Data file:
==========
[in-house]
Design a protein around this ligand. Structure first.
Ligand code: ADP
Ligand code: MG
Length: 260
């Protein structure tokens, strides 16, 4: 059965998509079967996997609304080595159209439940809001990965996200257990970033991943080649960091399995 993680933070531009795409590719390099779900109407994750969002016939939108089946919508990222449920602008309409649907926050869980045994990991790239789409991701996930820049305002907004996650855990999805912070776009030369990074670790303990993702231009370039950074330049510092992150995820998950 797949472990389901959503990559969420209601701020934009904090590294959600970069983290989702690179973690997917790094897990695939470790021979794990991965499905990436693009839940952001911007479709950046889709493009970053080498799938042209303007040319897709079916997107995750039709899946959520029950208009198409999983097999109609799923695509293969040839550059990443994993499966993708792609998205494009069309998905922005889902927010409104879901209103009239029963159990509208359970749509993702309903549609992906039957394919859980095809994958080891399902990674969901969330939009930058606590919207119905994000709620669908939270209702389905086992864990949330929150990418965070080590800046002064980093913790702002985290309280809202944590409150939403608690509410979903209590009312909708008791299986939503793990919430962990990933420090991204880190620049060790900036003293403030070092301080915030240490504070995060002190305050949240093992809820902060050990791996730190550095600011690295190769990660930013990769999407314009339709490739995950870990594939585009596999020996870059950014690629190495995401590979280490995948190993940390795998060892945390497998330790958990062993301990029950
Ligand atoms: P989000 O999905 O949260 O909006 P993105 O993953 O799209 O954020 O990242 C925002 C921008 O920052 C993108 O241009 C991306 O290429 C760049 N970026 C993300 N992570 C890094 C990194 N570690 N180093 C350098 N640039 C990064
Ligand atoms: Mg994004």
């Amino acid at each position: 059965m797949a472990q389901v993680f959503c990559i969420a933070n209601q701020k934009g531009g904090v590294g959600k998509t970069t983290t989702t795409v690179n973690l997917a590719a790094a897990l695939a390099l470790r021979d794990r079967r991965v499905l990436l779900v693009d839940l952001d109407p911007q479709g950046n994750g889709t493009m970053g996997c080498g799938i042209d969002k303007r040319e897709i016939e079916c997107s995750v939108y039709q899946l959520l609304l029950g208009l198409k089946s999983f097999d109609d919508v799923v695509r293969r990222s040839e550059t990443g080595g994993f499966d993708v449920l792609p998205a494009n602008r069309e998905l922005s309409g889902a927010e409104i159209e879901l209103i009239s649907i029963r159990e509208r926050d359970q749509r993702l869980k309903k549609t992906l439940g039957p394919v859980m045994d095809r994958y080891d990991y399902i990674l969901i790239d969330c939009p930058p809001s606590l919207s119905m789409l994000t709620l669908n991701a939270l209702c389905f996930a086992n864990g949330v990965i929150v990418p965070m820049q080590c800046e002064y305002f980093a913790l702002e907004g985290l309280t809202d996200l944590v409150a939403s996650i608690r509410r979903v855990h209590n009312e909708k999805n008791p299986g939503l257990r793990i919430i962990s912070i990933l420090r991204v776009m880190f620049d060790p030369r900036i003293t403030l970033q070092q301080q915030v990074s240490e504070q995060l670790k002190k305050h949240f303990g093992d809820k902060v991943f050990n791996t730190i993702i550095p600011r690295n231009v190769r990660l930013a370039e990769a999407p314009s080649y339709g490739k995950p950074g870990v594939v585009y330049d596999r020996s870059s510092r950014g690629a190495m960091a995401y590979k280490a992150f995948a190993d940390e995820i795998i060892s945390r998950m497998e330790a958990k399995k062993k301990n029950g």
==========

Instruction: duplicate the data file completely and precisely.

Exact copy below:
[in-house]
Design a protein around this ligand. Structure first.
Ligand code: ADP
Ligand code: MG
Length: 260
């Protein structure tokens, strides 16, 4: 059965998509079967996997609304080595159209439940809001990965996200257990970033991943080649960091399995 993680933070531009795409590719390099779900109407994750969002016939939108089946919508990222449920602008309409649907926050869980045994990991790239789409991701996930820049305002907004996650855990999805912070776009030369990074670790303990993702231009370039950074330049510092992150995820998950 797949472990389901959503990559969420209601701020934009904090590294959600970069983290989702690179973690997917790094897990695939470790021979794990991965499905990436693009839940952001911007479709950046889709493009970053080498799938042209303007040319897709079916997107995750039709899946959520029950208009198409999983097999109609799923695509293969040839550059990443994993499966993708792609998205494009069309998905922005889902927010409104879901209103009239029963159990509208359970749509993702309903549609992906039957394919859980095809994958080891399902990674969901969330939009930058606590919207119905994000709620669908939270209702389905086992864990949330929150990418965070080590800046002064980093913790702002985290309280809202944590409150939403608690509410979903209590009312909708008791299986939503793990919430962990990933420090991204880190620049060790900036003293403030070092301080915030240490504070995060002190305050949240093992809820902060050990791996730190550095600011690295190769990660930013990769999407314009339709490739995950870990594939585009596999020996870059950014690629190495995401590979280490995948190993940390795998060892945390497998330790958990062993301990029950
Ligand atoms: P989000 O999905 O949260 O909006 P993105 O993953 O799209 O954020 O990242 C925002 C921008 O920052 C993108 O241009 C991306 O290429 C760049 N970026 C993300 N992570 C890094 C990194 N570690 N180093 C350098 N640039 C990064
Ligand atoms: Mg994004």
């Amino acid at each position: 059965m797949a472990q389901v993680f959503c990559i969420a933070n209601q701020k934009g531009g904090v590294g959600k998509t970069t983290t989702t795409v690179n973690l997917a590719a790094a897990l695939a390099l470790r021979d794990r079967r991965v499905l990436l779900v693009d839940l952001d109407p911007q479709g950046n994750g889709t493009m970053g996997c080498g799938i042209d969002k303007r040319e897709i016939e079916c997107s995750v939108y039709q899946l959520l609304l029950g208009l198409k089946s999983f097999d109609d919508v799923v695509r293969r990222s040839e550059t990443g080595g994993f499966d993708v449920l792609p998205a494009n602008r069309e998905l922005s309409g889902a927010e409104i159209e879901l209103i009239s649907i029963r159990e509208r926050d359970q749509r993702l869980k309903k549609t992906l439940g039957p394919v859980m045994d095809r994958y080891d990991y399902i990674l969901i790239d969330c939009p930058p809001s606590l919207s119905m789409l994000t709620l669908n991701a939270l209702c389905f996930a086992n864990g949330v990965i929150v990418p965070m820049q080590c800046e002064y305002f980093a913790l702002e907004g985290l309280t809202d996200l944590v409150a939403s996650i608690r509410r979903v855990h209590n009312e909708k999805n008791p299986g939503l257990r793990i919430i962990s912070i990933l420090r991204v776009m880190f620049d060790p030369r900036i003293t403030l970033q070092q301080q915030v990074s240490e504070q995060l670790k002190k305050h949240f303990g093992d809820k902060v991943f050990n791996t730190i993702i550095p600011r690295n231009v190769r990660l930013a370039e990769a999407p314009s080649y339709g490739k995950p950074g870990v594939v585009y330049d596999r020996s870059s510092r950014g690629a190495m960091a995401y590979k280490a992150f995948a190993d940390e995820i795998i060892s945390r998950m497998e330790a958990k399995k062993k301990n029950g």